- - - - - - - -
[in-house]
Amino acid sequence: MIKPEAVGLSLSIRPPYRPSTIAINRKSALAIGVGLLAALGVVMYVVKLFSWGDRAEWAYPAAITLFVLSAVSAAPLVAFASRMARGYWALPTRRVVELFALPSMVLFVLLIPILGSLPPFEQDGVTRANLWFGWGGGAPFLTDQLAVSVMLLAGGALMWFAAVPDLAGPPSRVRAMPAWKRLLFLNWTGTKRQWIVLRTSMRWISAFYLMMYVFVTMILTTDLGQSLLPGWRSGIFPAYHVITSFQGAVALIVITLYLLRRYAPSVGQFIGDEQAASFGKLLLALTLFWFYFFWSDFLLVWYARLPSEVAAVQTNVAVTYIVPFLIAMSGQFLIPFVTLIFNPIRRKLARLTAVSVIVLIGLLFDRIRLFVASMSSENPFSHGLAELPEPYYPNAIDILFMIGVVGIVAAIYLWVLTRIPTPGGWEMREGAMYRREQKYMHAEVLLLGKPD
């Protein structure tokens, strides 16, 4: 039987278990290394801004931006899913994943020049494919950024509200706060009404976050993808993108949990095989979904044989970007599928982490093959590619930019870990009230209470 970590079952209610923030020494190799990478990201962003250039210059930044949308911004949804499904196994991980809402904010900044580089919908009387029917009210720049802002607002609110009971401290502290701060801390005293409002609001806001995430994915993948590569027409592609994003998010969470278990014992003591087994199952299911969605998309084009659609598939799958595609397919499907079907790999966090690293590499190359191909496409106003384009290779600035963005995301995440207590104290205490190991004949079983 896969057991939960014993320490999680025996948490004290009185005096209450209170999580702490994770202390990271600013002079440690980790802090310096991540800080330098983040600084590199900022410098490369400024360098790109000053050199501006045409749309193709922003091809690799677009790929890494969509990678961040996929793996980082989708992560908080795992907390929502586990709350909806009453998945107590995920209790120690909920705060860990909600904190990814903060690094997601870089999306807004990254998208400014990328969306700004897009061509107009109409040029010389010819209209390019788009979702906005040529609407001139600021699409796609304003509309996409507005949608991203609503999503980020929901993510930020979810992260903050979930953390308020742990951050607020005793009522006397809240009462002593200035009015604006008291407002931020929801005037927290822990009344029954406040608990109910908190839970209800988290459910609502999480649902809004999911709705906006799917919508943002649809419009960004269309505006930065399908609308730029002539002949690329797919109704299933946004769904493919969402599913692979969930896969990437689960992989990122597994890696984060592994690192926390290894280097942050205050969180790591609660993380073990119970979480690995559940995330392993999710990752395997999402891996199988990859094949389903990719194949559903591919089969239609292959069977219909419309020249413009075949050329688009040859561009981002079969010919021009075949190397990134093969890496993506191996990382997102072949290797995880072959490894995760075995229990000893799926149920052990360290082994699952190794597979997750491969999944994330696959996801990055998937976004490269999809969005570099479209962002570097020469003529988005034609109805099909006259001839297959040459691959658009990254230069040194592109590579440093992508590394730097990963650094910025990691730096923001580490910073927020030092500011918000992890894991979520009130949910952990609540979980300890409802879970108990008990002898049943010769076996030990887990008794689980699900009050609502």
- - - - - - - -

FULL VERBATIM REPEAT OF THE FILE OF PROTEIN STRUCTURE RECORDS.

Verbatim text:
[in-house]
Amino acid sequence: MIKPEAVGLSLSIRPPYRPSTIAINRKSALAIGVGLLAALGVVMYVVKLFSWGDRAEWAYPAAITLFVLSAVSAAPLVAFASRMARGYWALPTRRVVELFALPSMVLFVLLIPILGSLPPFEQDGVTRANLWFGWGGGAPFLTDQLAVSVMLLAGGALMWFAAVPDLAGPPSRVRAMPAWKRLLFLNWTGTKRQWIVLRTSMRWISAFYLMMYVFVTMILTTDLGQSLLPGWRSGIFPAYHVITSFQGAVALIVITLYLLRRYAPSVGQFIGDEQAASFGKLLLALTLFWFYFFWSDFLLVWYARLPSEVAAVQTNVAVTYIVPFLIAMSGQFLIPFVTLIFNPIRRKLARLTAVSVIVLIGLLFDRIRLFVASMSSENPFSHGLAELPEPYYPNAIDILFMIGVVGIVAAIYLWVLTRIPTPGGWEMREGAMYRREQKYMHAEVLLLGKPD
């Protein structure tokens, strides 16, 4: 039987278990290394801004931006899913994943020049494919950024509200706060009404976050993808993108949990095989979904044989970007599928982490093959590619930019870990009230209470 970590079952209610923030020494190799990478990201962003250039210059930044949308911004949804499904196994991980809402904010900044580089919908009387029917009210720049802002607002609110009971401290502290701060801390005293409002609001806001995430994915993948590569027409592609994003998010969470278990014992003591087994199952299911969605998309084009659609598939799958595609397919499907079907790999966090690293590499190359191909496409106003384009290779600035963005995301995440207590104290205490190991004949079983 896969057991939960014993320490999680025996948490004290009185005096209450209170999580702490994770202390990271600013002079440690980790802090310096991540800080330098983040600084590199900022410098490369400024360098790109000053050199501006045409749309193709922003091809690799677009790929890494969509990678961040996929793996980082989708992560908080795992907390929502586990709350909806009453998945107590995920209790120690909920705060860990909600904190990814903060690094997601870089999306807004990254998208400014990328969306700004897009061509107009109409040029010389010819209209390019788009979702906005040529609407001139600021699409796609304003509309996409507005949608991203609503999503980020929901993510930020979810992260903050979930953390308020742990951050607020005793009522006397809240009462002593200035009015604006008291407002931020929801005037927290822990009344029954406040608990109910908190839970209800988290459910609502999480649902809004999911709705906006799917919508943002649809419009960004269309505006930065399908609308730029002539002949690329797919109704299933946004769904493919969402599913692979969930896969990437689960992989990122597994890696984060592994690192926390290894280097942050205050969180790591609660993380073990119970979480690995559940995330392993999710990752395997999402891996199988990859094949389903990719194949559903591919089969239609292959069977219909419309020249413009075949050329688009040859561009981002079969010919021009075949190397990134093969890496993506191996990382997102072949290797995880072959490894995760075995229990000893799926149920052990360290082994699952190794597979997750491969999944994330696959996801990055998937976004490269999809969005570099479209962002570097020469003529988005034609109805099909006259001839297959040459691959658009990254230069040194592109590579440093992508590394730097990963650094910025990691730096923001580490910073927020030092500011918000992890894991979520009130949910952990609540979980300890409802879970108990008990002898049943010769076996030990887990008794689980699900009050609502």